• 5-15 minutes a day to monitor your campaign = 1.7 hours to 5 hours a month.
  • 1-3 hours to generate a report and writeup an explanation of how your campaign performed.
  • 1-3 hours of telephone, email, conference time.

Where's the time to optimize so you're spending less and making more? Where's the time to review your competitors and see if we can learn from them? Etc...

The answer is: it's not there. So every month they're having to choose between doing what's best for your campaign, and not doing everything they can because they're not charging you enough.

To make things worse, I've seen agencies knowingly not tell clients about things they could add to their AdWords (or website, or other services, etc...) simply because they know it would mean more work for the agency even though it was the best thing for the client. I've also seen agencies fire a client because they didn't know how to charge them more without going back on their word.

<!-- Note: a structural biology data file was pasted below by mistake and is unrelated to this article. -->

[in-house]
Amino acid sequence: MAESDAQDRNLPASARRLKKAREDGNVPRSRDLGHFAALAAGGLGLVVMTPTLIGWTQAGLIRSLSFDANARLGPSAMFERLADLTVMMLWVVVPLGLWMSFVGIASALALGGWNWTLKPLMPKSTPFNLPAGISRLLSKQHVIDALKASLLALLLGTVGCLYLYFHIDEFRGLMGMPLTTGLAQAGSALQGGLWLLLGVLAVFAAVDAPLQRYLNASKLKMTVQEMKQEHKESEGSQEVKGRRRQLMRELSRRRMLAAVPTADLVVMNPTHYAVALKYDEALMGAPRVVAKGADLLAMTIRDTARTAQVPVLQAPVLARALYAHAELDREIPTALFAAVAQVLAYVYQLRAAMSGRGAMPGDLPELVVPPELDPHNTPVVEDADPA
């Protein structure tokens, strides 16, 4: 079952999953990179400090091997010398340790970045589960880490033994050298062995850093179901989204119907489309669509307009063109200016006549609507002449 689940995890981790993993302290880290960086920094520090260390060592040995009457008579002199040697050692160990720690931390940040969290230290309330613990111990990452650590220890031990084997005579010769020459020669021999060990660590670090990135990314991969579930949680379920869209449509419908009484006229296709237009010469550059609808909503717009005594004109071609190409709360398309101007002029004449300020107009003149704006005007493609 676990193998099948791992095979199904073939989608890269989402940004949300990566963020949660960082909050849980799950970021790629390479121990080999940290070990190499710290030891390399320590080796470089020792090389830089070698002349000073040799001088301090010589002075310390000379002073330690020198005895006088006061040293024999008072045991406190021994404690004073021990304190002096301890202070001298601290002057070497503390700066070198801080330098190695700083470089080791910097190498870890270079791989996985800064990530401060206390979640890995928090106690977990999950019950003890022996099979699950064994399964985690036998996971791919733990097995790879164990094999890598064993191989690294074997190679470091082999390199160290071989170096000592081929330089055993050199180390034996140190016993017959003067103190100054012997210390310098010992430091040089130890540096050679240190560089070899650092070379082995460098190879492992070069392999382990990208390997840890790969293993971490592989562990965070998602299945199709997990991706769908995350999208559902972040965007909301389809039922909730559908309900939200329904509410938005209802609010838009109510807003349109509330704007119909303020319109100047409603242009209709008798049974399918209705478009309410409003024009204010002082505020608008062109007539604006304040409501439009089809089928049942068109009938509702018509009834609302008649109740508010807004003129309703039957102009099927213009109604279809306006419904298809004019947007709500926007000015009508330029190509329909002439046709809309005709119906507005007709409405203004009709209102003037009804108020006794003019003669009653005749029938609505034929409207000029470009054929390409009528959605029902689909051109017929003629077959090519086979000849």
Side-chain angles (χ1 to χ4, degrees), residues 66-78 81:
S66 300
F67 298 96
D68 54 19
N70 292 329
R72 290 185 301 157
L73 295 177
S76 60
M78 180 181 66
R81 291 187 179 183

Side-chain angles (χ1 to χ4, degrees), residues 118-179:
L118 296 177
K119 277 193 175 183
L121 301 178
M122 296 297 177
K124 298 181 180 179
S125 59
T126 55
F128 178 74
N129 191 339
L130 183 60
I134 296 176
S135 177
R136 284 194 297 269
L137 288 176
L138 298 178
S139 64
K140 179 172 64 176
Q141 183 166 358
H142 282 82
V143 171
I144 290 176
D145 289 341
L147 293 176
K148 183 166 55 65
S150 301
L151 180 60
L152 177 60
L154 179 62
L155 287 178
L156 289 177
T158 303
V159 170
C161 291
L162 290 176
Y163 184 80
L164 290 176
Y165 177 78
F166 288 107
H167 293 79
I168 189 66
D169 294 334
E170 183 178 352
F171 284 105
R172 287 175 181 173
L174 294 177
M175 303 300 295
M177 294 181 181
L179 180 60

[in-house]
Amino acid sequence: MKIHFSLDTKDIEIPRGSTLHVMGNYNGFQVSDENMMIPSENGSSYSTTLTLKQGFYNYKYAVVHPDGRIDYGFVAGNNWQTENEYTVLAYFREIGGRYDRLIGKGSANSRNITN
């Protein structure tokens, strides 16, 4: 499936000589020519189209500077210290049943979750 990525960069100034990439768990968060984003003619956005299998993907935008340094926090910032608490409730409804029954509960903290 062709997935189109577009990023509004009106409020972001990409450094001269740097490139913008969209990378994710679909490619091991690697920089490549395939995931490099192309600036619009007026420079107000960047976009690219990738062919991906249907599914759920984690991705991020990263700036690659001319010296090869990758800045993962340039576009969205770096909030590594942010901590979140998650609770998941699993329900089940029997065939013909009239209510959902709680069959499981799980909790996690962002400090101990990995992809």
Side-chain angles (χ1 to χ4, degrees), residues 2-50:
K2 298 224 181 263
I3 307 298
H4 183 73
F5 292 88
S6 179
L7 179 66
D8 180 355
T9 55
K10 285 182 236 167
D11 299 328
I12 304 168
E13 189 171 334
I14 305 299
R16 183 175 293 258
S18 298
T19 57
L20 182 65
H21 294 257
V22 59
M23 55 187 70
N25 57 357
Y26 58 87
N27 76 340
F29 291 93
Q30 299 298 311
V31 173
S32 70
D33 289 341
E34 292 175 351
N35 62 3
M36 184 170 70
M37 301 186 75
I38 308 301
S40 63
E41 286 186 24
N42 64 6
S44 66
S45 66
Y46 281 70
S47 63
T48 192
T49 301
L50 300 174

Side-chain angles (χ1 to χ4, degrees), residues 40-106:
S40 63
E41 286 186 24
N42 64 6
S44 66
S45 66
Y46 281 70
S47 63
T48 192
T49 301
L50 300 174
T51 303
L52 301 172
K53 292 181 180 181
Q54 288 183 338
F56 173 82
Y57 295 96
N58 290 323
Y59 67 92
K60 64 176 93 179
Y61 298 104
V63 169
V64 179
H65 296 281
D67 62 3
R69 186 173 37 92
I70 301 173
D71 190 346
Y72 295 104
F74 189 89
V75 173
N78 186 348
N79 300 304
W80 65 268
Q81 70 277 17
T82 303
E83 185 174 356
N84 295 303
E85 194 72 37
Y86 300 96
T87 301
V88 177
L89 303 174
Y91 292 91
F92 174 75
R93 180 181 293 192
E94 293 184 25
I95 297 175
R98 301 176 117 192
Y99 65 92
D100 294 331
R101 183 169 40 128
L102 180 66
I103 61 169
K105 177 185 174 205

To give you context, most agency's don't monitor your campaign daily, some don't even look at it weekly. And our least expensive service still requires about 3-6 hours to generate a monthly report. So $600 on a $3,000 a month ad spend could be enough, but ultimately what you're spending doesn't have any impact at all on how much time we spend on your campaign.


By the Hour (AKA Retainer)

Retainers can be great. But they can also be very treacherous.

Packages are ideal in the sense that you usually have a page that outlines exactly what is done for an individual service. Protecting both parties.

Retainers are ideal in the sense that you can mix-match multiple services fluidly.